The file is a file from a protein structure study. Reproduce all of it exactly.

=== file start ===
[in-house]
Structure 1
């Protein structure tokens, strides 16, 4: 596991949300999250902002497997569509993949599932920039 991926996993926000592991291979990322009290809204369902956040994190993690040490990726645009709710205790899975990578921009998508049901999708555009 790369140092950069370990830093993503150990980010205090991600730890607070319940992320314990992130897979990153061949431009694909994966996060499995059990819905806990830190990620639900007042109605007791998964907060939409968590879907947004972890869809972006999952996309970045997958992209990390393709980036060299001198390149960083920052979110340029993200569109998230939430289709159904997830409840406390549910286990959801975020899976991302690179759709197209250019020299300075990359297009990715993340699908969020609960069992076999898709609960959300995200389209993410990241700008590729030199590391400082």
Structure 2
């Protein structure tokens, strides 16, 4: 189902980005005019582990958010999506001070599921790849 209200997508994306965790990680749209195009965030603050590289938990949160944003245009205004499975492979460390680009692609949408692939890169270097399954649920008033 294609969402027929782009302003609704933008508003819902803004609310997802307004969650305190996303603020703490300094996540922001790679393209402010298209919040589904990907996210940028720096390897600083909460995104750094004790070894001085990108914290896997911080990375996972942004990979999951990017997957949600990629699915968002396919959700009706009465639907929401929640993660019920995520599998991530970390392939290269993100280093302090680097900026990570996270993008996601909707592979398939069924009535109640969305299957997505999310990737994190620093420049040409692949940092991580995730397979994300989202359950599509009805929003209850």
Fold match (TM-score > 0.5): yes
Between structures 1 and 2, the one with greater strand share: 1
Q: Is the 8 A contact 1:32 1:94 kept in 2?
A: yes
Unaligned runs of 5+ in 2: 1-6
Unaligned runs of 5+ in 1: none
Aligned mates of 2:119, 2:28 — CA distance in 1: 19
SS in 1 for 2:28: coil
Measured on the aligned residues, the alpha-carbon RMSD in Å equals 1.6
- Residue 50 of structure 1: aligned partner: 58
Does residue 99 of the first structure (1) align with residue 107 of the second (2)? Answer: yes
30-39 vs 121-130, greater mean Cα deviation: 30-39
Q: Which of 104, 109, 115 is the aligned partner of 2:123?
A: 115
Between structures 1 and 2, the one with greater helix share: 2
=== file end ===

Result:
[in-house]
Structure 1
């Protein structure tokens, strides 16, 4: 596991949300999250902002497997569509993949599932920039 991926996993926000592991291979990322009290809204369902956040994190993690040490990726645009709710205790899975990578921009998508049901999708555009 790369140092950069370990830093993503150990980010205090991600730890607070319940992320314990992130897979990153061949431009694909994966996060499995059990819905806990830190990620639900007042109605007791998964907060939409968590879907947004972890869809972006999952996309970045997958992209990390393709980036060299001198390149960083920052979110340029993200569109998230939430289709159904997830409840406390549910286990959801975020899976991302690179759709197209250019020299300075990359297009990715993340699908969020609960069992076999898709609960959300995200389209993410990241700008590729030199590391400082």
Structure 2
């Protein structure tokens, strides 16, 4: 189902980005005019582990958010999506001070599921790849 209200997508994306965790990680749209195009965030603050590289938990949160944003245009205004499975492979460390680009692609949408692939890169270097399954649920008033 294609969402027929782009302003609704933008508003819902803004609310997802307004969650305190996303603020703490300094996540922001790679393209402010298209919040589904990907996210940028720096390897600083909460995104750094004790070894001085990108914290896997911080990375996972942004990979999951990017997957949600990629699915968002396919959700009706009465639907929401929640993660019920995520599998991530970390392939290269993100280093302090680097900026990570996270993008996601909707592979398939069924009535109640969305299957997505999310990737994190620093420049040409692949940092991580995730397979994300989202359950599509009805929003209850």
Fold match (TM-score > 0.5): yes
Between structures 1 and 2, the one with greater strand share: 1
Q: Is the 8 A contact 1:32 1:94 kept in 2?
A: yes
Unaligned runs of 5+ in 2: 1-6
Unaligned runs of 5+ in 1: none
Aligned mates of 2:119, 2:28 — CA distance in 1: 19
SS in 1 for 2:28: coil
Measured on the aligned residues, the alpha-carbon RMSD in Å equals 1.6
- Residue 50 of structure 1: aligned partner: 58
Does residue 99 of the first structure (1) align with residue 107 of the second (2)? Answer: yes
30-39 vs 121-130, greater mean Cα deviation: 30-39
Q: Which of 104, 109, 115 is the aligned partner of 2:123?
A: 115
Between structures 1 and 2, the one with greater helix share: 2